The high court this week opened the door for such an overturn, or at least a narrowing, of Roe v. Wade by agreeing to review Mississippi’s bid to ban abortions after 15 weeks.

“Our creator endowed us with the right to life, and yet millions of children lose their right to life every year because of abortion. In Texas we work to save those lives,” Abbott said before signing the bill, in a video posted on Facebook.

The “fetal heartbeat” law bans abortion once the rhythmic contracting of fetal cardiac tissue can be detected, often at six weeks – sometimes before a woman realizes she is pregnant. The Texas law makes an exception for abortions in cases of medical emergencies.

A fetus that is viable outside the womb, at around 24 weeks into a pregnancy, is widely considered the threshold at which abortion can be prohibited in the United States.

Nearly a dozen states have passed similar “heartbeat” abortion bans, according to reproductive health research organization the Guttmacher Institute, but none have taken effect due to legal challenges.

Abortion is one of the most divisive issues in the United States, with opponents citing religious belief to declare it immoral, and abortion rights advocates prioritizing women’s autonomy.

“It is appalling that in defiance of public opinion and public health, state politicians remain committed to controlling our bodies,” Planned Parenthood Action Fund President Alexis McGill Johnson said in a statement on Wednesday.

Texas’ law, which would take effect in September if it is not stopped by a court, allows citizens to bring a civil lawsuit against anyone who “knowingly engages in conduct that aids or abets the performance or inducement of an abortion, including paying for or reimbursing the costs of an abortion through insurance or otherwise,” if the abortion violates the provisions of the law.

In an open letter earlier this month, some 200 Texas physicians voiced concern that the bill would expose doctors to the risk of “frivolous lawsuits that threaten our ability to provide healthcare.”

“Regardless of our personal beliefs about abortion, as licensed physicians in Texas, we implore you to not weaponize the judicial branch against us to make a political point,” the letter said.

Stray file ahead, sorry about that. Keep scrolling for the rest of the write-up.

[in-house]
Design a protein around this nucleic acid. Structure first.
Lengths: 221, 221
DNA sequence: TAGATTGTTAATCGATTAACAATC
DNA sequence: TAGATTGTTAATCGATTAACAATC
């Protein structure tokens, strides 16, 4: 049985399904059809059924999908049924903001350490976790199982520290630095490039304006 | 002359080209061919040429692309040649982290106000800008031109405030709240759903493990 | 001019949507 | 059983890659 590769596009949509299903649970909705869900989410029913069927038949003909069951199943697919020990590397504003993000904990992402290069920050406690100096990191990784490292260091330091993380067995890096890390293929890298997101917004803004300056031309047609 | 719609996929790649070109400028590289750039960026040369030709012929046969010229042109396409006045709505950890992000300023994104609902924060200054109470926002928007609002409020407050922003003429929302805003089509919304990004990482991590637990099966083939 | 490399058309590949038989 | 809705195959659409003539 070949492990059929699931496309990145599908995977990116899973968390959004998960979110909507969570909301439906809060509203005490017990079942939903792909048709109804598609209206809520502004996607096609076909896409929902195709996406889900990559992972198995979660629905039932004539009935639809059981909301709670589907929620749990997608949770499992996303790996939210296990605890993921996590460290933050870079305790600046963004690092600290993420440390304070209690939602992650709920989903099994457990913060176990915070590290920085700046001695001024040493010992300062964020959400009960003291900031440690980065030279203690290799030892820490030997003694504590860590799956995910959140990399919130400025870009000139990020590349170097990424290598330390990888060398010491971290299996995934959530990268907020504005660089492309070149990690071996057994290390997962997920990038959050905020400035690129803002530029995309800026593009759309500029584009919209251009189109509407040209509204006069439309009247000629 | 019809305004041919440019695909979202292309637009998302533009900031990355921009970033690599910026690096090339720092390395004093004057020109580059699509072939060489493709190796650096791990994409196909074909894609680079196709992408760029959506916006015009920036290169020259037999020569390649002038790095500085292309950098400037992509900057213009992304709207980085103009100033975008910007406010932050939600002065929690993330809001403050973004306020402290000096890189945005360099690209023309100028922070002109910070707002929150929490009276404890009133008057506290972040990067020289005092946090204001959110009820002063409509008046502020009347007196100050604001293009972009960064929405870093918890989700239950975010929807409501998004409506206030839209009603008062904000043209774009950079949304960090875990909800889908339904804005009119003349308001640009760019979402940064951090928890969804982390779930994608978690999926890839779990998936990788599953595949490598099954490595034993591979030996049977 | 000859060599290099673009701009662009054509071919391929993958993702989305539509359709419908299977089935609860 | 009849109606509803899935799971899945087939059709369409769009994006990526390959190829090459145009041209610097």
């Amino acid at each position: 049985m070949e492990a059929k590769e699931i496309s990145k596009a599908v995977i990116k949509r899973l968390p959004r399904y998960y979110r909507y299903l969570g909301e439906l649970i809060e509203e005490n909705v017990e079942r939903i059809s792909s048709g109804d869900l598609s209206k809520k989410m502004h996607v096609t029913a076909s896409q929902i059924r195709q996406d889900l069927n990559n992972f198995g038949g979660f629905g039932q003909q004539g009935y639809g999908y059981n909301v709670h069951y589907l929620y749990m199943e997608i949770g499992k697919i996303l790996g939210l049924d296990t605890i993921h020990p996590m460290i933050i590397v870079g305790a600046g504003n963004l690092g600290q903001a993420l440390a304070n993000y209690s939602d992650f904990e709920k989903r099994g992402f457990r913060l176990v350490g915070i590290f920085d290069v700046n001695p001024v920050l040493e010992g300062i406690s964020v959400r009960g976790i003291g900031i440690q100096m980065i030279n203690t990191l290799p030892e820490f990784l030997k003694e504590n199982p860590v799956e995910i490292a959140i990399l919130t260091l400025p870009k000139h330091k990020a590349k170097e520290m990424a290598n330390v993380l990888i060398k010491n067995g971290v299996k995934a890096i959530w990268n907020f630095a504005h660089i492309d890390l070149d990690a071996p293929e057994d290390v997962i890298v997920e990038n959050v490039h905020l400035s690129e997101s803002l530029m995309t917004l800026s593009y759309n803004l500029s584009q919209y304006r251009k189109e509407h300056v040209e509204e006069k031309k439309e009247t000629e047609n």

(Reporting by Gabriella BorterEditing by Chizu Nomiyama and Jonathan Oatis)

Texas governor bars mask mandates for schools, other government entities

(Reuters) -Texas Governor Greg Abbott on Tuesday ordered all government entities in the state, including school districts, to lift mask mandates by week’s end, though existing guidelines for face-coverings in schools may remain in effect through June 4.

Abbott’s executive order puts Texas at odds with the latest guidance from the U.S. Centers for Disease Control and Prevention (CDC) recommending that students in schools across the United States wear masks for the 2020-2021 academic year because not all will be inoculated against the coronavirus.

Abbott said Texas was making strides against the COVID-19 pandemic through vaccinations, antibody therapeutics and voluntary health-safety practices “utilized by Texans in our communities,” leaving government mask requirements no longer necessary.

“We can continue to mitigate COVID-19 while defending Texans’ liberty to choose whether or not they mask up,” he said in a statement announcing the executive order.

Abbott and many other Republican politicians have cast mask mandates as an imposition on personal freedoms but nevertheless grudgingly required face coverings at the height of the pandemic as hospitalizations and deaths surged out of control.

Texas lifted its state-imposed mask mandate 10 weeks ago but sued officials in Austin, the state’s capital city, for refusing to go along with the lifting of those restrictions.